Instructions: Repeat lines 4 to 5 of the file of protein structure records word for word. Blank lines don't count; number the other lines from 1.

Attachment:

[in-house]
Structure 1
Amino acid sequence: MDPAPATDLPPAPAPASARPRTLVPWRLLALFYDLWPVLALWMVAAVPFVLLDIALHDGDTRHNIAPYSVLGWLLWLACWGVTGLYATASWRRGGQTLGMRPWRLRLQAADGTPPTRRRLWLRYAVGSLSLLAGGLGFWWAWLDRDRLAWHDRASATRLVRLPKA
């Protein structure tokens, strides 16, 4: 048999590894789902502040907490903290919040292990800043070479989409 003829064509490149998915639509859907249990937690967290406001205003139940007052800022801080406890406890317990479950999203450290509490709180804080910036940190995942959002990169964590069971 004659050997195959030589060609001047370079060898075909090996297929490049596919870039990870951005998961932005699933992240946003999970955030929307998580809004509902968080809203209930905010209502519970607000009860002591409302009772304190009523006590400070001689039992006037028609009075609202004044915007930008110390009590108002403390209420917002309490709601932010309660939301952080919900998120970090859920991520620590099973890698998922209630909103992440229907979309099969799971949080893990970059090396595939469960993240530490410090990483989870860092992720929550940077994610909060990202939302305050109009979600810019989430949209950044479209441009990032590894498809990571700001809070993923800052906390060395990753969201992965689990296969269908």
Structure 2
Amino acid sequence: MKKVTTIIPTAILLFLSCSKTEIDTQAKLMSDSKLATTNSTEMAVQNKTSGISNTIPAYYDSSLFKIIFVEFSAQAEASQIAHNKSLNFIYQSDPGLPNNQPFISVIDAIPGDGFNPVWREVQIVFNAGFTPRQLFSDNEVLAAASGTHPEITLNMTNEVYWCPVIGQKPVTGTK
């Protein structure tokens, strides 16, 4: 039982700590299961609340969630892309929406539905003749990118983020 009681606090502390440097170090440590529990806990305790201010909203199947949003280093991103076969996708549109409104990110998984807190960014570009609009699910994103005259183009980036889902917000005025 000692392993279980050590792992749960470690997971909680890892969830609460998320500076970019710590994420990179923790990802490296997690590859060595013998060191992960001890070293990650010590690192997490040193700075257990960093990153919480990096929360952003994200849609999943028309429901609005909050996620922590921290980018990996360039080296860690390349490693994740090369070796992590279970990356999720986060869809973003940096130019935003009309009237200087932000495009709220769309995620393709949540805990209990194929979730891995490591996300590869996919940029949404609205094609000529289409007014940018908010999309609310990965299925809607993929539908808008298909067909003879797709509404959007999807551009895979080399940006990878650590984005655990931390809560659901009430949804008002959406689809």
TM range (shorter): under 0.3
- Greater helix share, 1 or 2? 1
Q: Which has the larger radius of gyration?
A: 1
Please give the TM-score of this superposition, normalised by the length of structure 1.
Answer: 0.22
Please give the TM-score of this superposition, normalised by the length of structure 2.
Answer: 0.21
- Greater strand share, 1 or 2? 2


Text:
């Protein structure tokens, strides 16, 4: 048999590894789902502040907490903290919040292990800043070479989409 003829064509490149998915639509859907249990937690967290406001205003139940007052800022801080406890406890317990479950999203450290509490709180804080910036940190995942959002990169964590069971 004659050997195959030589060609001047370079060898075909090996297929490049596919870039990870951005998961932005699933992240946003999970955030929307998580809004509902968080809203209930905010209502519970607000009860002591409302009772304190009523006590400070001689039992006037028609009075609202004044915007930008110390009590108002403390209420917002309490709601932010309660939301952080919900998120970090859920991520620590099973890698998922209630909103992440229907979309099969799971949080893990970059090396595939469960993240530490410090990483989870860092992720929550940077994610909060990202939302305050109009979600810019989430949209950044479209441009990032590894498809990571700001809070993923800052906390060395990753969201992965689990296969269908």
Structure 2